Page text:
Monthly Archives: March 2016

A musing and museum afternoon

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Via Crucis (2016) by Antipas Delotavo

The last time I went to the Vargas Museum was in college. I can’t even remember the name of the artist who opened his exhibition that day, so I’m pretty sure my attendance was partly because of the free food and beer.

So when I needed a place to work on my paper weeks ago, I visited the Vargas Museum, where there is also a museum cafe. It is true that a place rarely remains the same as the last time you saw it.

My favorite wall at its second floor is the one where Fernando Amorsolo’s paintings of ruins of Manila are on display. When destruction is painted by an artist well-known for works on the beauty of the countryside, we see a fresh wound while looking only at scars.

At the first floor, the current exhibits are those of Antipas Delotavo (Agos) and Roberto Feleo (Mito ng Aklasang Basi). Both exhibits run until April 8.

Museums have been more lenient about the prohibition against photographing the works on display. That might be a good way to reach out to the selfie-obsessed humans we have become. However, I can imagine the curators now face the challenge of creating a deeper experience than what the smartphones would allow.

For example, that day I visited the Vargas Museum, I saw two girls in the hall where Delotavo’s works are on exhibit. They were taking pictures of each other at the gap between the paintings Ganito Noon and Ganito Ngayon. Their hair and backs touched the canvas. They didn’t seem to spend time looking at the paintings, but the photos will most probably end up on their social media profiles.

There is no one way to appreciate a museum experience, sure. And among the many possible ways, there will be those that will prove to be annoying. I would like to ask curators and artists about this. Food and beer are on me.

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Allegory of Temptation (1933) by Graciano Nepomuceno

I vaguely remember how an ex-love demanded a trip to the National Museum. It was a weekend and I wasn’t feeling well, but my mind wouldn’t let me say “no.” Who would?

While looking at century-old masterpieces, I made believe my own emotions can transcend time and dust. I leaned and whispered that love lasts if you kiss in front of the Spoliarium. Before the walls of studies, I hoped the message was clear: the masters started somewhere, too. If forever exists, I’m sure it’s not ready-made.

After we broke up, I could come up with just one wish. That, damn it, when we proceed with the business of forgetting, may the memory of that rainy Sunday be spared. It should be framed, how we dragged ourselves out of the weekend slump and went to the museum. Art is always such a good excuse for loving.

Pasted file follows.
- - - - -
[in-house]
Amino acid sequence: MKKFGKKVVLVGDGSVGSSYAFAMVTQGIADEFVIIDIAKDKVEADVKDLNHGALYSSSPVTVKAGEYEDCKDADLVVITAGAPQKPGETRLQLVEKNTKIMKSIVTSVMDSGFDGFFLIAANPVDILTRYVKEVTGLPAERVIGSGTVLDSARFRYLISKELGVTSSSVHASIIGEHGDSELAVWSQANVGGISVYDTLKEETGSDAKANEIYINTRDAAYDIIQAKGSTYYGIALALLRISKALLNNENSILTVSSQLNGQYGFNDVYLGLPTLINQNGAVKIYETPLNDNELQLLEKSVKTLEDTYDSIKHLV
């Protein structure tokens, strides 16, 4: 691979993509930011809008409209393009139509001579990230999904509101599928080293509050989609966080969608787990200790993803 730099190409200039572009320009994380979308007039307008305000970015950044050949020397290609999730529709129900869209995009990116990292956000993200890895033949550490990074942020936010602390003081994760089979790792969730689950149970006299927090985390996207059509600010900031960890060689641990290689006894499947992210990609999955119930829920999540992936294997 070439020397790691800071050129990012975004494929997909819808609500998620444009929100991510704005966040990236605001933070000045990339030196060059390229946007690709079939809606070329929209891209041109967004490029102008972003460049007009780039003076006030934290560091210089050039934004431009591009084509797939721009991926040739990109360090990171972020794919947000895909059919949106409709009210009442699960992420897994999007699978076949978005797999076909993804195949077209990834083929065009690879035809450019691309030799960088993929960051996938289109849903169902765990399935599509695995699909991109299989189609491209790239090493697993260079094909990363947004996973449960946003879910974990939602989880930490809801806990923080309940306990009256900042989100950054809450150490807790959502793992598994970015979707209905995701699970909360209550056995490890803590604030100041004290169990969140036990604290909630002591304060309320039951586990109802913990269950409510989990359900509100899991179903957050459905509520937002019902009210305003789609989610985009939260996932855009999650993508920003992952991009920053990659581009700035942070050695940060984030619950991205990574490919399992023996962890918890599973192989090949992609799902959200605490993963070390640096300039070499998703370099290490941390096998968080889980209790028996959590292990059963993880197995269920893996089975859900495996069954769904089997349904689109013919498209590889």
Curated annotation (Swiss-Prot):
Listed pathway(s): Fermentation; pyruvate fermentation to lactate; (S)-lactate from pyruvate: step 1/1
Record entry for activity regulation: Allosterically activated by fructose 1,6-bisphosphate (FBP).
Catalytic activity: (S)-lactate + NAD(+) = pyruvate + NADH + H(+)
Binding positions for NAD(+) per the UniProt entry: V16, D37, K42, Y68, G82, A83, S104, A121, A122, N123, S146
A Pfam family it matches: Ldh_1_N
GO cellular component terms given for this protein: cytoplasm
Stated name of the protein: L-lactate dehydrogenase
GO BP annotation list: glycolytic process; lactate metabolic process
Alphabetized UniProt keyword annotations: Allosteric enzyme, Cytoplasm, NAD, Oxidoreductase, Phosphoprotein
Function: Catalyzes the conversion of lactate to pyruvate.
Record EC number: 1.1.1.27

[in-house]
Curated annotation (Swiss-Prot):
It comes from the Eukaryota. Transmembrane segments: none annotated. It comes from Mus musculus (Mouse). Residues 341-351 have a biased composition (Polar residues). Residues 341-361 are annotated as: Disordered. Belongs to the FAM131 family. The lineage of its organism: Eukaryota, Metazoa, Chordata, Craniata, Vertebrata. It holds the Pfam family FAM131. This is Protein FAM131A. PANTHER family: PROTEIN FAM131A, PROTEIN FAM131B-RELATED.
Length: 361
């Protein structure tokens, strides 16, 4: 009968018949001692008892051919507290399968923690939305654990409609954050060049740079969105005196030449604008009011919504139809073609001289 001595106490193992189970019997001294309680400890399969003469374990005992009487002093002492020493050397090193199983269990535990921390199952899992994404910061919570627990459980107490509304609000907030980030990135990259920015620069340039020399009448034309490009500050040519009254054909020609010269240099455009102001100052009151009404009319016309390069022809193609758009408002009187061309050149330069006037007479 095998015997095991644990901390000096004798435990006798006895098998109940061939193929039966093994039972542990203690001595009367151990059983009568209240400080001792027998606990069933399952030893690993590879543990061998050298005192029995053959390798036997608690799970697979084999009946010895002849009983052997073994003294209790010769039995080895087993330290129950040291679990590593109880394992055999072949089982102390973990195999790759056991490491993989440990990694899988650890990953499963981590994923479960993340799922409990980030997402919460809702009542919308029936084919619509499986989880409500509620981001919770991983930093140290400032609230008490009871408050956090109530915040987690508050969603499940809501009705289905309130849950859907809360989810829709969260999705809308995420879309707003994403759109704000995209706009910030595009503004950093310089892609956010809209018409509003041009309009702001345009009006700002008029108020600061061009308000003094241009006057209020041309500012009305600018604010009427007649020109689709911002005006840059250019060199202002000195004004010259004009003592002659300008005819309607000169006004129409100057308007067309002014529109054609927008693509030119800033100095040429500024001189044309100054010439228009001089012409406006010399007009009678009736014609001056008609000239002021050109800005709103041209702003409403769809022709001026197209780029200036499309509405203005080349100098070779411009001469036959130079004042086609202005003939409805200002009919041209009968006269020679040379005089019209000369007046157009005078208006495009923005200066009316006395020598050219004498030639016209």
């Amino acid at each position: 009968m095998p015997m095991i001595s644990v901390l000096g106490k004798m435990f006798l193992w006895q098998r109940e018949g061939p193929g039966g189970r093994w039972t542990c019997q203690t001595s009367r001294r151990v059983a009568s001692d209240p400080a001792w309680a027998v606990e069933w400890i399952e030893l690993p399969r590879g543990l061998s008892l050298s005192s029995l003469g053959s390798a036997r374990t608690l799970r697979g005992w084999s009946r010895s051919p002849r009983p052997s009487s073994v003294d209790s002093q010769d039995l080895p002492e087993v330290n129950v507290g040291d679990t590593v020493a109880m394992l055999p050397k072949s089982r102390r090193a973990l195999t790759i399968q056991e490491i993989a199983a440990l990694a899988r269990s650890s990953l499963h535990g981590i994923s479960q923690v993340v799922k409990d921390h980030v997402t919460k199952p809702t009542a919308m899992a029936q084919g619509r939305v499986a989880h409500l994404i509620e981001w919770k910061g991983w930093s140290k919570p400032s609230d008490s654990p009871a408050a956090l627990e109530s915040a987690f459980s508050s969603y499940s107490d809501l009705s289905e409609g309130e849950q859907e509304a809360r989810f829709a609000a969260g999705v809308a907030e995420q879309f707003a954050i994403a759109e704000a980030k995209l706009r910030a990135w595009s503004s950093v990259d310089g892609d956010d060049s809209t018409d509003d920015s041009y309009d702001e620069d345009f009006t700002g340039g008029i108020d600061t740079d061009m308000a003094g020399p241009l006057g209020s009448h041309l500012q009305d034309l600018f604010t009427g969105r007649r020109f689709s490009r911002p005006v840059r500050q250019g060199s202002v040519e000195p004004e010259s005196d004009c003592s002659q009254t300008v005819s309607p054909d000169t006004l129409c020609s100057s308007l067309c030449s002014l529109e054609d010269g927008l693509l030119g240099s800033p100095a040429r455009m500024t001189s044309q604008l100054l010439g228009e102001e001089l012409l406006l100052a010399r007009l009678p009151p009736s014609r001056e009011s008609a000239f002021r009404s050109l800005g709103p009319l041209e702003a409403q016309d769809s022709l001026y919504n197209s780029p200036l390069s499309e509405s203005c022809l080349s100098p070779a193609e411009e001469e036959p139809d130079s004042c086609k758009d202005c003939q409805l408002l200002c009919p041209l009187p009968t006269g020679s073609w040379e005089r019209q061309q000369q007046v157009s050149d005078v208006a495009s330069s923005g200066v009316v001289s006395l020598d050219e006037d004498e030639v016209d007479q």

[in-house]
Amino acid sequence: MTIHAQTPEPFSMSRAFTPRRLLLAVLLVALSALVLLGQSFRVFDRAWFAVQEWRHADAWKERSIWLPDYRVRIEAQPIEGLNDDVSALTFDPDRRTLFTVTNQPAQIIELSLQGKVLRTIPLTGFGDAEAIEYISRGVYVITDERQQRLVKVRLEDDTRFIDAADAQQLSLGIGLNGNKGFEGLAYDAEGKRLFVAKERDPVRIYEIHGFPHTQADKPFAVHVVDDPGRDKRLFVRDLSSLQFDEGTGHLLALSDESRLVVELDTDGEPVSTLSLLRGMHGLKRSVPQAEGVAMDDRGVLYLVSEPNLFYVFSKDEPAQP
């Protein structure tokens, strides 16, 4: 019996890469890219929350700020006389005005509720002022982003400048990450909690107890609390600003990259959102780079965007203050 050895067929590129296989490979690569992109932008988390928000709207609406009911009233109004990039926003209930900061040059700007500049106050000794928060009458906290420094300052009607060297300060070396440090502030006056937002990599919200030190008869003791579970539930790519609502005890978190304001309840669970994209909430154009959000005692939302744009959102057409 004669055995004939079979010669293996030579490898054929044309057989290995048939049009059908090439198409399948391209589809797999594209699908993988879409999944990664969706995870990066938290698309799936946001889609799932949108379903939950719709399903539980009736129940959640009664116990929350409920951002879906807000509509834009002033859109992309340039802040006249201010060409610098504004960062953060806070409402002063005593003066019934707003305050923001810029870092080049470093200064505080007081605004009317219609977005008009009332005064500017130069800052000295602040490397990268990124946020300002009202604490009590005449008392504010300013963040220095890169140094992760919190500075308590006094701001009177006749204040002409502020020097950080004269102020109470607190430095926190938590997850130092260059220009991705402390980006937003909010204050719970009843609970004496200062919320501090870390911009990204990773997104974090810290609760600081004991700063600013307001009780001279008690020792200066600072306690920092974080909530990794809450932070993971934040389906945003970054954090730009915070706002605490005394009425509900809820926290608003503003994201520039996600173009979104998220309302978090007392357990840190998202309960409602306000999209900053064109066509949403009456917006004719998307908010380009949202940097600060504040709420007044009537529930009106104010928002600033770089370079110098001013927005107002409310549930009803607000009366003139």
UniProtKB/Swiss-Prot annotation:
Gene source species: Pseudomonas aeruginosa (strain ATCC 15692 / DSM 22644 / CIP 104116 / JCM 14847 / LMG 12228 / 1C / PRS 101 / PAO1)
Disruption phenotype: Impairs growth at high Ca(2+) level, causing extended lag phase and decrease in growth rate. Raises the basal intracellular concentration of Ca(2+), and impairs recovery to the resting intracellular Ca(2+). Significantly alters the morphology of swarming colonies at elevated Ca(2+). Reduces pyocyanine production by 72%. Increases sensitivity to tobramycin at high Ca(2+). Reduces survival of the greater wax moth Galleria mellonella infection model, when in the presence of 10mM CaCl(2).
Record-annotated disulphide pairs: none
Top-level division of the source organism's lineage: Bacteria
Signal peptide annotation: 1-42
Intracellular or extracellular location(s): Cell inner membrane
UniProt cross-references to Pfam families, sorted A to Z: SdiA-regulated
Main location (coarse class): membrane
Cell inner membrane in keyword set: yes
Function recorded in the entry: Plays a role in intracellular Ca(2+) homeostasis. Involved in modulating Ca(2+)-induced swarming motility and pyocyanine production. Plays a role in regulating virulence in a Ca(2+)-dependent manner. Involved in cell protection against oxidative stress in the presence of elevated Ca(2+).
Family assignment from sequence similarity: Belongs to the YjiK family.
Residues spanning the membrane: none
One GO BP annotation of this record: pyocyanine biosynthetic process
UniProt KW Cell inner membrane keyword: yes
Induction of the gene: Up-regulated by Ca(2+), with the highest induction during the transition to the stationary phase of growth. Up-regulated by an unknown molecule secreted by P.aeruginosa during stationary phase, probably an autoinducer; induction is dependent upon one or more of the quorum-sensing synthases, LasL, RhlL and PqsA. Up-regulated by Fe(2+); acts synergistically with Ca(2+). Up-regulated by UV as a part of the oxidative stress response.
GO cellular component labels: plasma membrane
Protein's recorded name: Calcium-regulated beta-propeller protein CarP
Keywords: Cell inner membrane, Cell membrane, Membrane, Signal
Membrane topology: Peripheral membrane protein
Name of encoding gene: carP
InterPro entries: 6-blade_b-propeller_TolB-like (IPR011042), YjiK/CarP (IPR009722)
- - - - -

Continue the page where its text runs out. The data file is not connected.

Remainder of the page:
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Break going out

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It’s World Poetry Day. Here is my favourite poem by Michael Ondaatje:

To A Sad Daughter

All night long the hockey pictures
gaze down at you
sleeping in your tracksuit.
Belligerent goalies are your ideal.
Threats of being traded
cuts and wounds
–all this pleases you.
O my god! you say at breakfast
reading the sports page over the Alpen
as another player breaks his ankle
or assaults the coach.

When I thought of daughters
I wasn’t expecting this
but I like this more.
I like all your faults
even your purple moods
when you retreat from everyone
to sit in bed under a quilt.
And when I say ‘like’
I mean of course ‘love’
but that embarrasses you.
You who feel superior to black and white movies
(coaxed for hours to see Casablanca)
though you were moved
by Creature from the Black Lagoon.

One day I’ll come swimming
beside your ship or someone will
and if you hear the siren
listen to it. For if you close your ears
only nothing happens. You will never change.

I don’t care if you risk
your life to angry goalies
creatures with webbed feet.
You can enter their caves and castles
their glass laboratories. Just
don’t be fooled by anyone but yourself.

This is the first lecture I’ve given you.
You’re ‘sweet sixteen’ you said.
I’d rather be your closest friend
than your father. I’m not good at advice
you know that, but ride
the ceremonies
until they grow dark.

Sometimes you are so busy
discovering your friends
I ache with loss
–but that is greed.
And sometimes I’ve gone
into my purple world
and lost you.

One afternoon I stepped
into your room. You were sitting
at the desk where I now write this.
Forsythia outside the window
and sun spilled over you
like a thick yellow miracle
as if another planet
was coaxing you out of the house
–all those possible worlds!–
and you, meanwhile, busy with mathematics.

I cannot look at forsythia now
without loss, or joy for you.
You step delicately
into the wild world
and your real prize will be
the frantic search.
Want everything. If you break
break going out not in.
How you live your life I don’t care
but I’ll sell my arms for you,
hold your secrets forever.

If I speak of death
which you fear now, greatly,
it is without answers.
except that each
one we know is
in our blood.
Don’t recall graves.
Memory is permanent.
Remember the afternoon’s
yellow suburban annunciation.
Your goalie
in his frightening mask
dreams perhaps
of gentleness.

 

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